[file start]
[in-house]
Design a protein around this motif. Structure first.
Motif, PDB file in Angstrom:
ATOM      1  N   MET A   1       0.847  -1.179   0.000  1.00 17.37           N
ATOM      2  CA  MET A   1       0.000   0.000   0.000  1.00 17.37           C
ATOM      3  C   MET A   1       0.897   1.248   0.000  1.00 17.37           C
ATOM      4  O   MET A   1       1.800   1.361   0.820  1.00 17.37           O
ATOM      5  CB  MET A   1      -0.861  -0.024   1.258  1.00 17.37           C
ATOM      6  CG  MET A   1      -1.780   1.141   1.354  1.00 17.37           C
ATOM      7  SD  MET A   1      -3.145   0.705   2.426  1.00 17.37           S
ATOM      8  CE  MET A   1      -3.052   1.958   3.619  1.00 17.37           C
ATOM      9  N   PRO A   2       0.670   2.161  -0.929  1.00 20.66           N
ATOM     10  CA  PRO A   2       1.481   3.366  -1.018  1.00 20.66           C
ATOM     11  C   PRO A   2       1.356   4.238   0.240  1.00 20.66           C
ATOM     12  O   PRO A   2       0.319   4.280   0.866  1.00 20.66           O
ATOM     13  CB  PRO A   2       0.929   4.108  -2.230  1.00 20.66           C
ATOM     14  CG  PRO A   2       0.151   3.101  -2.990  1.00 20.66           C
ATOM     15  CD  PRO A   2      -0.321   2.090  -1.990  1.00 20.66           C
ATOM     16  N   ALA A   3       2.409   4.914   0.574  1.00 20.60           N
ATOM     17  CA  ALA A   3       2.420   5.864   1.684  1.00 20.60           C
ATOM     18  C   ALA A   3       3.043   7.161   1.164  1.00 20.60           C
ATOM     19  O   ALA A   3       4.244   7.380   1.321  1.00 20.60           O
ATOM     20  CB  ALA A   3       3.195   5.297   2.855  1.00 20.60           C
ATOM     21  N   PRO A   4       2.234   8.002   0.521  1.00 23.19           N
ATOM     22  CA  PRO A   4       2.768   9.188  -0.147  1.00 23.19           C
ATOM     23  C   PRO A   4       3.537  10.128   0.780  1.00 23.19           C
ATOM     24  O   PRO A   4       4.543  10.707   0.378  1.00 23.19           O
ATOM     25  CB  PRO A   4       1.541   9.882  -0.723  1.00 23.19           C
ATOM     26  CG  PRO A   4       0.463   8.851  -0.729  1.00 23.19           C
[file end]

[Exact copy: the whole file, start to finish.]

[in-house]
Design a protein around this motif. Structure first.
Motif, PDB file in Angstrom:
ATOM      1  N   MET A   1       0.847  -1.179   0.000  1.00 17.37           N
ATOM      2  CA  MET A   1       0.000   0.000   0.000  1.00 17.37           C
ATOM      3  C   MET A   1       0.897   1.248   0.000  1.00 17.37           C
ATOM      4  O   MET A   1       1.800   1.361   0.820  1.00 17.37           O
ATOM      5  CB  MET A   1      -0.861  -0.024   1.258  1.00 17.37           C
ATOM      6  CG  MET A   1      -1.780   1.141   1.354  1.00 17.37           C
ATOM      7  SD  MET A   1      -3.145   0.705   2.426  1.00 17.37           S
ATOM      8  CE  MET A   1      -3.052   1.958   3.619  1.00 17.37           C
ATOM      9  N   PRO A   2       0.670   2.161  -0.929  1.00 20.66           N
ATOM     10  CA  PRO A   2       1.481   3.366  -1.018  1.00 20.66           C
ATOM     11  C   PRO A   2       1.356   4.238   0.240  1.00 20.66           C
ATOM     12  O   PRO A   2       0.319   4.280   0.866  1.00 20.66           O
ATOM     13  CB  PRO A   2       0.929   4.108  -2.230  1.00 20.66           C
ATOM     14  CG  PRO A   2       0.151   3.101  -2.990  1.00 20.66           C
ATOM     15  CD  PRO A   2      -0.321   2.090  -1.990  1.00 20.66           C
ATOM     16  N   ALA A   3       2.409   4.914   0.574  1.00 20.60           N
ATOM     17  CA  ALA A   3       2.420   5.864   1.684  1.00 20.60           C
ATOM     18  C   ALA A   3       3.043   7.161   1.164  1.00 20.60           C
ATOM     19  O   ALA A   3       4.244   7.380   1.321  1.00 20.60           O
ATOM     20  CB  ALA A   3       3.195   5.297   2.855  1.00 20.60           C
ATOM     21  N   PRO A   4       2.234   8.002   0.521  1.00 23.19           N
ATOM     22  CA  PRO A   4       2.768   9.188  -0.147  1.00 23.19           C
ATOM     23  C   PRO A   4       3.537  10.128   0.780  1.00 23.19           C
ATOM     24  O   PRO A   4       4.543  10.707   0.378  1.00 23.19           O
ATOM     25  CB  PRO A   4       1.541   9.882  -0.723  1.00 23.19           C
ATOM     26  CG  PRO A   4       0.463   8.851  -0.729  1.00 23.19           C